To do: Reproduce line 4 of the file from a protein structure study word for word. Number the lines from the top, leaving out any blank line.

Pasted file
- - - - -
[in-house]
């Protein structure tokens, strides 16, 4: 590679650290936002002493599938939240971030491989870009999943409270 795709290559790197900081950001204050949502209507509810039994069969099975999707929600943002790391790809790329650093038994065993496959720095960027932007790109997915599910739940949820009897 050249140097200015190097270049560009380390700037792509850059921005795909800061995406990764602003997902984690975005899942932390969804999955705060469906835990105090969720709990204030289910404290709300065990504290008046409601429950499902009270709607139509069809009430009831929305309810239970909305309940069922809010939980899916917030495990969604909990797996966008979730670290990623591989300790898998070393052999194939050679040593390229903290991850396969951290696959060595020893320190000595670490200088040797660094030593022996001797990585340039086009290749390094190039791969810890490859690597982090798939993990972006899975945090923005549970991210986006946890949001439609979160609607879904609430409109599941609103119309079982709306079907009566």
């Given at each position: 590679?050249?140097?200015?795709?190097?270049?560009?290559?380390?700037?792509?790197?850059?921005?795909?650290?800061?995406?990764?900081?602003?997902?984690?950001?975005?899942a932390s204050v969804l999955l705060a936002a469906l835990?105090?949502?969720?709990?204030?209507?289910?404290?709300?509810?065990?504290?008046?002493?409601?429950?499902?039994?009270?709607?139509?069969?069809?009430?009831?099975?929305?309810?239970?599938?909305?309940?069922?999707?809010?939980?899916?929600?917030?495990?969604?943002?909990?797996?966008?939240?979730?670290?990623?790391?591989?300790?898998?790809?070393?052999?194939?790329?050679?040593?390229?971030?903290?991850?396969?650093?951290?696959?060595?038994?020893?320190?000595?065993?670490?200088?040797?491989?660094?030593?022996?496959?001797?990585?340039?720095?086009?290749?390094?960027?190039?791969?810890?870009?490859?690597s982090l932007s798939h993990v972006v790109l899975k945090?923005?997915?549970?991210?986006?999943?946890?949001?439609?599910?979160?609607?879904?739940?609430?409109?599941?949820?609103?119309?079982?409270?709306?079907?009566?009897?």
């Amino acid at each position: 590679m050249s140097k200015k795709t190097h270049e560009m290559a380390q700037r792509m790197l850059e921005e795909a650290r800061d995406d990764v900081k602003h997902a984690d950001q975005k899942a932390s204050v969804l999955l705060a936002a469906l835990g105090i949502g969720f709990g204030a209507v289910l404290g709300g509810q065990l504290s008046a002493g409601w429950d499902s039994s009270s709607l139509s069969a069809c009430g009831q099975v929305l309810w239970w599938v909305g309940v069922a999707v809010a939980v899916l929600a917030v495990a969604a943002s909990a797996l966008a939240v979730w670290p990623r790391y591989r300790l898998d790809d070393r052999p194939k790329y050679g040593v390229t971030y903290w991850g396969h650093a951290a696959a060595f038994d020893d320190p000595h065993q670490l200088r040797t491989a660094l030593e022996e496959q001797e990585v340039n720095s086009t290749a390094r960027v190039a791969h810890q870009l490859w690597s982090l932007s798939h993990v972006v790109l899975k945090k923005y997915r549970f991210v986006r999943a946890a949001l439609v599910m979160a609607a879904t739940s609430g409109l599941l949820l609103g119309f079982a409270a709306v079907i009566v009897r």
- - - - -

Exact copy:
């Amino acid at each position: 590679m050249s140097k200015k795709t190097h270049e560009m290559a380390q700037r792509m790197l850059e921005e795909a650290r800061d995406d990764v900081k602003h997902a984690d950001q975005k899942a932390s204050v969804l999955l705060a936002a469906l835990g105090i949502g969720f709990g204030a209507v289910l404290g709300g509810q065990l504290s008046a002493g409601w429950d499902s039994s009270s709607l139509s069969a069809c009430g009831q099975v929305l309810w239970w599938v909305g309940v069922a999707v809010a939980v899916l929600a917030v495990a969604a943002s909990a797996l966008a939240v979730w670290p990623r790391y591989r300790l898998d790809d070393r052999p194939k790329y050679g040593v390229t971030y903290w991850g396969h650093a951290a696959a060595f038994d020893d320190p000595h065993q670490l200088r040797t491989a660094l030593e022996e496959q001797e990585v340039n720095s086009t290749a390094r960027v190039a791969h810890q870009l490859w690597s982090l932007s798939h993990v972006v790109l899975k945090k923005y997915r549970f991210v986006r999943a946890a949001l439609v599910m979160a609607a879904t739940s609430g409109l599941l949820l609103g119309f079982a409270a709306v079907i009566v009897r």